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Toronto Fringe: Out of the echoes of pain and loss comes a beautiful noise in the powerful, moving Echoes – A New Musical

nickeshia_garrick_and_kyle_holt_brown - echoesWriter/director Andrew Seok “wanted to write a musical about war and its effect on families and relationships” – and he’s done just that, to great effect with Chaos & Light’s production of Echoes – A New Musical, running at Toronto Fringe at Jeanne Lamon Hall in Trinity-St. Paul’s United Church, with music direction and accompaniment by Robert Graham.

Inspired by personal letters and journal entries, and taking us across decades and into a new century, Echoes is divided into three acts, starting with the American Civil War, where fugitive husband (Kyle Holt Brown) and wife (Nickeshia Garrick) slaves are separated when the wife and their daughter (Millie Davis) are captured; when he reaches the north, the husband joins the army to gain his freedom. Act II takes place during WWI, where we see the effects of war on the future of a young captain (Andrew Seok) and his fiancée (Marisa McIntyre). Act III finds us in WWII and a father (Micah Richardson) leaving his daughter (Millie Davis & Amaka Umeh) to serve in the army shortly after her mother has died; ashamed by what he’s doing in the name of duty, he constantly breaks his promise to return home to his daughter until years later. The common, running thread throughout all of these stories is the courier (beautifully performed by Jeff Madden), delivering and receiving letters for delivery – and wondering about the reasons for it all.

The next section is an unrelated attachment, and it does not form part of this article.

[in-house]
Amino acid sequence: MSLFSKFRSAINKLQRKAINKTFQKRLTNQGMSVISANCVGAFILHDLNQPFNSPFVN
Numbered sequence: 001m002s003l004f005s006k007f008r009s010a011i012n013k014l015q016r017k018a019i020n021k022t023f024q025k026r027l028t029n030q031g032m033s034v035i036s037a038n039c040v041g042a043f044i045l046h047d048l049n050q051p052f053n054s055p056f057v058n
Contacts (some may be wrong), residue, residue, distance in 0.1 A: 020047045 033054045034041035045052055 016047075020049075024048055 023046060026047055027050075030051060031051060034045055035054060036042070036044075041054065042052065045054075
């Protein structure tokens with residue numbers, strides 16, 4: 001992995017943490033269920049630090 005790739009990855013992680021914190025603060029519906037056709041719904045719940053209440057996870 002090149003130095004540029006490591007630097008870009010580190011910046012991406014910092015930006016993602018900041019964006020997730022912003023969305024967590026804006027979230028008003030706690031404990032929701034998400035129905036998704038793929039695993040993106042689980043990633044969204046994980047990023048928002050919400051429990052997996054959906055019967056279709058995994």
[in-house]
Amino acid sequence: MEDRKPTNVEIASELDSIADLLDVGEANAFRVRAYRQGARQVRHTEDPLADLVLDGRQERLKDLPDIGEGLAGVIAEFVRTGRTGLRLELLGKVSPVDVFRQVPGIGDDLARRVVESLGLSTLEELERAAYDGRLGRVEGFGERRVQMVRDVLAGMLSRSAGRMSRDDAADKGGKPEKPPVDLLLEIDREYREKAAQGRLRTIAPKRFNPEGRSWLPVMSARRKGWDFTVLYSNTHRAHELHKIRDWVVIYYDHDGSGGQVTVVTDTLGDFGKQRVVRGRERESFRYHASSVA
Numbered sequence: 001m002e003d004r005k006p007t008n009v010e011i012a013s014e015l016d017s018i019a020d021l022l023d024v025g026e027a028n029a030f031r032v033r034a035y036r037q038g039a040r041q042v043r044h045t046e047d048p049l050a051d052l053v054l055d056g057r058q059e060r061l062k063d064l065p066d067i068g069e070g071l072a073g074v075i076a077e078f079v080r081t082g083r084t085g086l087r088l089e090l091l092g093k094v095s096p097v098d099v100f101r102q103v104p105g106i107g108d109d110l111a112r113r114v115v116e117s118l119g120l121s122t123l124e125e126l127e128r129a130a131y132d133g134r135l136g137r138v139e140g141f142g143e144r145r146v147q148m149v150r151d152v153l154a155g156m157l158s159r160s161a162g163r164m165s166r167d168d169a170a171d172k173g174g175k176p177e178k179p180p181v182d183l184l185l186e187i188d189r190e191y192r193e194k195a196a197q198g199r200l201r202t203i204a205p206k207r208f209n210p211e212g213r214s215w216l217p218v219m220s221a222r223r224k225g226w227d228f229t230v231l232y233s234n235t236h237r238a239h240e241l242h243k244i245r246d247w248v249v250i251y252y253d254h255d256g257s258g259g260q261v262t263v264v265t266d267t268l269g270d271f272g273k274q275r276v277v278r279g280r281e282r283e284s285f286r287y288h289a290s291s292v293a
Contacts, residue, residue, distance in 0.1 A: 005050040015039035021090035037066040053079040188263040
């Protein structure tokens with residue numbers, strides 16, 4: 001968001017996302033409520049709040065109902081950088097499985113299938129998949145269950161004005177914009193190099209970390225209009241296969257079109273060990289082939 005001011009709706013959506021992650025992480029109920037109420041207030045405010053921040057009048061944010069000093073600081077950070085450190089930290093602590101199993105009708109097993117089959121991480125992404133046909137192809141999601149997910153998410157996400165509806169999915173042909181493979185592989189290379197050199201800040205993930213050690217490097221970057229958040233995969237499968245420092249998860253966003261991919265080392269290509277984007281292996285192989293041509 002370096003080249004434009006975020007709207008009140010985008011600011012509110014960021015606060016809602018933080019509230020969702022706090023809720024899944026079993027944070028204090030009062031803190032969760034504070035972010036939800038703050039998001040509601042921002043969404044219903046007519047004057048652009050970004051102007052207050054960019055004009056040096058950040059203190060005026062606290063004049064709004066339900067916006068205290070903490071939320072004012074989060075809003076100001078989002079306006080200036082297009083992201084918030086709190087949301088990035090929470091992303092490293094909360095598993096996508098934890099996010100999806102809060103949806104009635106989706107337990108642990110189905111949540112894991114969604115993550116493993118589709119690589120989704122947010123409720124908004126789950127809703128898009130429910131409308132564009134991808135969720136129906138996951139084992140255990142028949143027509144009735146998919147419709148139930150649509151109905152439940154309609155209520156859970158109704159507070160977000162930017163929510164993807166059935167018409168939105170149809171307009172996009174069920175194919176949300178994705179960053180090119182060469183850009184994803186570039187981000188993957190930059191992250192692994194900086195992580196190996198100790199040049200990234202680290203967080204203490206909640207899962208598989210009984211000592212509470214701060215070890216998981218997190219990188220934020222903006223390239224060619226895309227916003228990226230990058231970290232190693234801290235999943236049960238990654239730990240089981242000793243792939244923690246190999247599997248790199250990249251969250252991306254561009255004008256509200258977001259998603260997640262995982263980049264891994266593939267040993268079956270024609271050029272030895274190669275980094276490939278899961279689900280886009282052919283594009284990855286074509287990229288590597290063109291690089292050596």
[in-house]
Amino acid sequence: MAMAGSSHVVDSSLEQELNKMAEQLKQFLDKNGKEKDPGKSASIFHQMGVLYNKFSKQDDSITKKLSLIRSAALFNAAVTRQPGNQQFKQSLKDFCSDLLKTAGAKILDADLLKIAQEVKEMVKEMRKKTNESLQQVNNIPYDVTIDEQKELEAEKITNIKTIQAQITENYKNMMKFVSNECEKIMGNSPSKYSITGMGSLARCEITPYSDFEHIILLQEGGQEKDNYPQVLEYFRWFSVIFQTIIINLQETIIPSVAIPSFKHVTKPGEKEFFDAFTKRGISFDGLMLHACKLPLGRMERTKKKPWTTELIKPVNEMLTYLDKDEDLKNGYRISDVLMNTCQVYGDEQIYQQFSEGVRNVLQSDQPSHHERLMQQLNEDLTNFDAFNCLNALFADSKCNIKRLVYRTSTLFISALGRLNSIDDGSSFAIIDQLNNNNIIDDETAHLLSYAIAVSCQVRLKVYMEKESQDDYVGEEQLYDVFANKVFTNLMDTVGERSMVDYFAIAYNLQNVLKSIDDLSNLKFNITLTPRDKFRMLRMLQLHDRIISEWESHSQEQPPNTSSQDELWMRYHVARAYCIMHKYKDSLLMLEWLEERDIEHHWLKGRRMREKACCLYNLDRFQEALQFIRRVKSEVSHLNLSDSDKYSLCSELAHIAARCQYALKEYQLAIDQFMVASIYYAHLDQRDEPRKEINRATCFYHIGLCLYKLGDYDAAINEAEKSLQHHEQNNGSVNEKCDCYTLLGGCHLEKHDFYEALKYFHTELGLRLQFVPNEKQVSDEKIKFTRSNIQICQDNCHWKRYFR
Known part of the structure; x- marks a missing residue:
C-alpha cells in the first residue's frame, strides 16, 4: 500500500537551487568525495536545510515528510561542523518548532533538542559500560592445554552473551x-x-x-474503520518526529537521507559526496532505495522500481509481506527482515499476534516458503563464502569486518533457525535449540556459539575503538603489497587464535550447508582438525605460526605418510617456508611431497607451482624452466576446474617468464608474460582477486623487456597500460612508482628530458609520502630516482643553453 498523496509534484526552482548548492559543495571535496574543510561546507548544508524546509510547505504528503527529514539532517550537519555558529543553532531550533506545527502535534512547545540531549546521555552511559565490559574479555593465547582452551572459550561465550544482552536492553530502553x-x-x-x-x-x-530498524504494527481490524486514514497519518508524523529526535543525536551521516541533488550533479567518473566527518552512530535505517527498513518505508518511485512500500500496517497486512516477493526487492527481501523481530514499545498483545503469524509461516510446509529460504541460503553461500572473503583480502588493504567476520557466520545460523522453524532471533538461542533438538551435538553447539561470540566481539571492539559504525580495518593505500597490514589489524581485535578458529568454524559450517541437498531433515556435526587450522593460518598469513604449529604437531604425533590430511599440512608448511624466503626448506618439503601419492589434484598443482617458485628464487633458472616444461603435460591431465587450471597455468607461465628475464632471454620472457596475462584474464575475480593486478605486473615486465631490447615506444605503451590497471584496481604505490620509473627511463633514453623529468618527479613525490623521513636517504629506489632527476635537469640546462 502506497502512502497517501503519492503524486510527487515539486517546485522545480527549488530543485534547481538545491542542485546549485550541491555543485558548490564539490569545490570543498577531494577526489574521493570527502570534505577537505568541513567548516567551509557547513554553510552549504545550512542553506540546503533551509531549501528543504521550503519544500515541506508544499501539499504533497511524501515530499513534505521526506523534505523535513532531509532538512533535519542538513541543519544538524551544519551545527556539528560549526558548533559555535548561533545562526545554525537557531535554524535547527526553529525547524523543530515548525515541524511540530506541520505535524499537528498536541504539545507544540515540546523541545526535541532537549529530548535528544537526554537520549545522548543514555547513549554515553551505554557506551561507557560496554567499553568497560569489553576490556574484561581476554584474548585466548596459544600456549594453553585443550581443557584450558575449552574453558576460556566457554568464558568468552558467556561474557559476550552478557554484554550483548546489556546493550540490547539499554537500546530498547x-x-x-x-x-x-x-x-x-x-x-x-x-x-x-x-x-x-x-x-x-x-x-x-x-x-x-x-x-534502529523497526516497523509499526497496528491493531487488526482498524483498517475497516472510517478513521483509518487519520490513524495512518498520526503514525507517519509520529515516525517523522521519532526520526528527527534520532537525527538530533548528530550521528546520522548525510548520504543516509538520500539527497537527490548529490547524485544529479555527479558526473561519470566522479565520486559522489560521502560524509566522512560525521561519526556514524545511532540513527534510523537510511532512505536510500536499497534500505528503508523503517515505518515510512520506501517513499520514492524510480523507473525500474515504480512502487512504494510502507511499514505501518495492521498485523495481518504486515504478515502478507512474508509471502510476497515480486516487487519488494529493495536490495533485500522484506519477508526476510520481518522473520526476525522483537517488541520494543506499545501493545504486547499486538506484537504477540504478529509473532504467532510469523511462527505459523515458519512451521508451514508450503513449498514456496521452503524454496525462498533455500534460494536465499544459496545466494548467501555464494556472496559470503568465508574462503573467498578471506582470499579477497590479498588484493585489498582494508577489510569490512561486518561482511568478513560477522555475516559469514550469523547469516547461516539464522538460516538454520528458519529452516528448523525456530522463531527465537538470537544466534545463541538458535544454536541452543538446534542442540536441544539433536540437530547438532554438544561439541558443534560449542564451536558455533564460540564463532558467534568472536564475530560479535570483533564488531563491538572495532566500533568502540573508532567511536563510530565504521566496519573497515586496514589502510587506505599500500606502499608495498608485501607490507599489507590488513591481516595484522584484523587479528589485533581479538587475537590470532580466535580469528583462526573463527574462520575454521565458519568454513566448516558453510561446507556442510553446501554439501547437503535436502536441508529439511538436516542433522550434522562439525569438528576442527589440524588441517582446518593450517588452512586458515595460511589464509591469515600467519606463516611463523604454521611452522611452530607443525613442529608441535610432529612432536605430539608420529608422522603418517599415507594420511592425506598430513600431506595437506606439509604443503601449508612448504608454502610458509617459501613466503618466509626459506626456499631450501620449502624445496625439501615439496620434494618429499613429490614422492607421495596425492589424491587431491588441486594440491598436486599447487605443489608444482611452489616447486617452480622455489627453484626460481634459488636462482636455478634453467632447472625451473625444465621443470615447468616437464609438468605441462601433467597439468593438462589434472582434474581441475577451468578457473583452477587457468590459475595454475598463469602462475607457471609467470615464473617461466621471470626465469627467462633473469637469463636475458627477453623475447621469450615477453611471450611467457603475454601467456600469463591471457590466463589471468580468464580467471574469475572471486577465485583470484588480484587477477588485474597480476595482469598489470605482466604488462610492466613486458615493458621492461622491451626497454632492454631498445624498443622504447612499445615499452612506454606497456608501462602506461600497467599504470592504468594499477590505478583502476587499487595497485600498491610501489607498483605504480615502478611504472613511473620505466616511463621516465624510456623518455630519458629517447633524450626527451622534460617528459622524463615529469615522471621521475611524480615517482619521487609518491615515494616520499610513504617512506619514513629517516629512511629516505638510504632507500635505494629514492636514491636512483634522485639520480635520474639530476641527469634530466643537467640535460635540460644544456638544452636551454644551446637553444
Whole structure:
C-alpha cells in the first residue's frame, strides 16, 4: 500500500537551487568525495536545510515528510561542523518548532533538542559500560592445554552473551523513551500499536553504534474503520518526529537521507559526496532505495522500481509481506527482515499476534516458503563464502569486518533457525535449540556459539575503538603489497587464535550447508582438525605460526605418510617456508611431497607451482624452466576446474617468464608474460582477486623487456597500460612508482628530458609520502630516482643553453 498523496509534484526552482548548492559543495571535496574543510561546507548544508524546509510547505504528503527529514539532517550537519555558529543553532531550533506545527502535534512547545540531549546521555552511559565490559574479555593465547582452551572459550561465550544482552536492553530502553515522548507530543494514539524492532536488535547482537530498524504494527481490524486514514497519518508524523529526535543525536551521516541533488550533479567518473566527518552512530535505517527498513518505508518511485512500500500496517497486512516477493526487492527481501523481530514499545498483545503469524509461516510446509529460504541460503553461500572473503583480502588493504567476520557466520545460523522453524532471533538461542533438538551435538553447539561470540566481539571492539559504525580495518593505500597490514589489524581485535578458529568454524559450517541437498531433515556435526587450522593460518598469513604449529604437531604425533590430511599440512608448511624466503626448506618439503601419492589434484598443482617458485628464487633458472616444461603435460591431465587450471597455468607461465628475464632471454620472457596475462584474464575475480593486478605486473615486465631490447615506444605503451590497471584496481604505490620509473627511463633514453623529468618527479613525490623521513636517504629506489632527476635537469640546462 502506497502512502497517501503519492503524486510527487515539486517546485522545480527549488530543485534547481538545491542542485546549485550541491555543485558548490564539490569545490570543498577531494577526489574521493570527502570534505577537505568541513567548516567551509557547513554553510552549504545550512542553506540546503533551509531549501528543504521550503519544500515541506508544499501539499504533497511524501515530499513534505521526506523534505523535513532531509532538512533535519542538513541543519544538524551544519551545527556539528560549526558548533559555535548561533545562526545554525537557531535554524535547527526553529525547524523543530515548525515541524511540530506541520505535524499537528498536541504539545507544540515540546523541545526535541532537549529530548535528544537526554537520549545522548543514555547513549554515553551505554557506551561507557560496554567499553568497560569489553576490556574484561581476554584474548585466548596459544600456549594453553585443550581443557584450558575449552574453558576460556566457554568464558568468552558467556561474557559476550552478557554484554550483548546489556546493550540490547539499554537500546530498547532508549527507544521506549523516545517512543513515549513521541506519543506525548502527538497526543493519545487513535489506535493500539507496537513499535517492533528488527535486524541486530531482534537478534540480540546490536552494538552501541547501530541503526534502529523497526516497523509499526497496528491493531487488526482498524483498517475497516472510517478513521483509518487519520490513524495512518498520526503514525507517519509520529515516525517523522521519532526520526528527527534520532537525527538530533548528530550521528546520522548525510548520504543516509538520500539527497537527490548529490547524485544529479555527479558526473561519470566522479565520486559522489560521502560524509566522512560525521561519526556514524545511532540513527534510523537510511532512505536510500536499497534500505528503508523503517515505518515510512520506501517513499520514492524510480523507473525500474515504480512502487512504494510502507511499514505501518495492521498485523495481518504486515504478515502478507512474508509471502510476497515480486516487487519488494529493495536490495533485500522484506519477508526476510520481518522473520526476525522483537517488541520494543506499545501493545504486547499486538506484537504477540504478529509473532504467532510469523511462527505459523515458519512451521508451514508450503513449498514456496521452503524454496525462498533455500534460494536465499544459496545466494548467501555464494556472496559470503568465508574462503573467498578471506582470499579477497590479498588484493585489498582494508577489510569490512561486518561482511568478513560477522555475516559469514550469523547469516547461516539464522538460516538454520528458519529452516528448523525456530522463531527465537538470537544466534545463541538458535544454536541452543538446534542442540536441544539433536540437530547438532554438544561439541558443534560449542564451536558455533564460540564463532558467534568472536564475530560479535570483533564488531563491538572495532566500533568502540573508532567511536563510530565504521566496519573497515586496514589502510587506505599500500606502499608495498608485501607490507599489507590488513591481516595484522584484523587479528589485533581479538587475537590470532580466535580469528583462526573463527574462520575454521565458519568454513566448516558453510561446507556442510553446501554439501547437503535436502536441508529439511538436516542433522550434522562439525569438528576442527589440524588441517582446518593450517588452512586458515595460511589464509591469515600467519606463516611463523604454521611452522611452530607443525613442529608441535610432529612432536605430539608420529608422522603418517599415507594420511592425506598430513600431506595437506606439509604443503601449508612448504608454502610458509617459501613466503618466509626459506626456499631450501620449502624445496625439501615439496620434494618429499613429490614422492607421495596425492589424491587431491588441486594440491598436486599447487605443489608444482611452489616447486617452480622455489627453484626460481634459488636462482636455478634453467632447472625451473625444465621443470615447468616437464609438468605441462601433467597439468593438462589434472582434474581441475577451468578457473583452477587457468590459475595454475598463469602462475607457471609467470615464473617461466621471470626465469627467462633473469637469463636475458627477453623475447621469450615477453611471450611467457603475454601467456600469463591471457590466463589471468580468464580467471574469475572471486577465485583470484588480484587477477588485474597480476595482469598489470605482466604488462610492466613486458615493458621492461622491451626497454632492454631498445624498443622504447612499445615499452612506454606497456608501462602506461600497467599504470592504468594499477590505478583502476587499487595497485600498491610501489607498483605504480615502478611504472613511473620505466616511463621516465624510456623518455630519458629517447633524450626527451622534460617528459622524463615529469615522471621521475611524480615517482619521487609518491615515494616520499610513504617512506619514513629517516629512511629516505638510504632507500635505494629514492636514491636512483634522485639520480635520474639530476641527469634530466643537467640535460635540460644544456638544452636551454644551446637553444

The score is filled with gorgeous, heart-wrenching ballads, with some dark comic relief (performed by a pair of scoundrels played by Hart Massey and Christopher Sawchyn – “The Treaty” and “We’ll Be Back”). Stand-outs include “Demons & Angels,” “Angels Won’t Sleep Tonight” and “All the Things that Life Used to Know.” And “Hymn,” the gospel-inspired finale lead by Nickeshia Garrick is a perfect way to end this piece in that it reminds us of the better angels within us all.

I’ve seen several standing ovations over the course of Fringe this year, but none so unanimous as the one the Echoes cast received last night.

Out of the echoes of pain and loss comes a beautiful noise that reminds us what we could be in the powerful, moving Echoes – A New Musical.

Echoes – A New Musical has one final performance at Jeanne Lamon Hall in Trinity St. Paul’s: tonight (Sat, July 9) at 8:00 p.m. They’re sold out, but there may be a few stray tickets at the door.

Big eclectic, quirky fun with music that moves and grooves – The Fairest & Best @ Horseshoe Tavern

Was out on a school night at the Horseshoe Tavern last night to see The Fairest and Best. I’d met front man Robert Graham a couple of years ago at a Red Sandcastle Theatre fundraiser – and had a chance to sample some of his solo work Storm in a Teacup, but this was my first time hearing him with the band.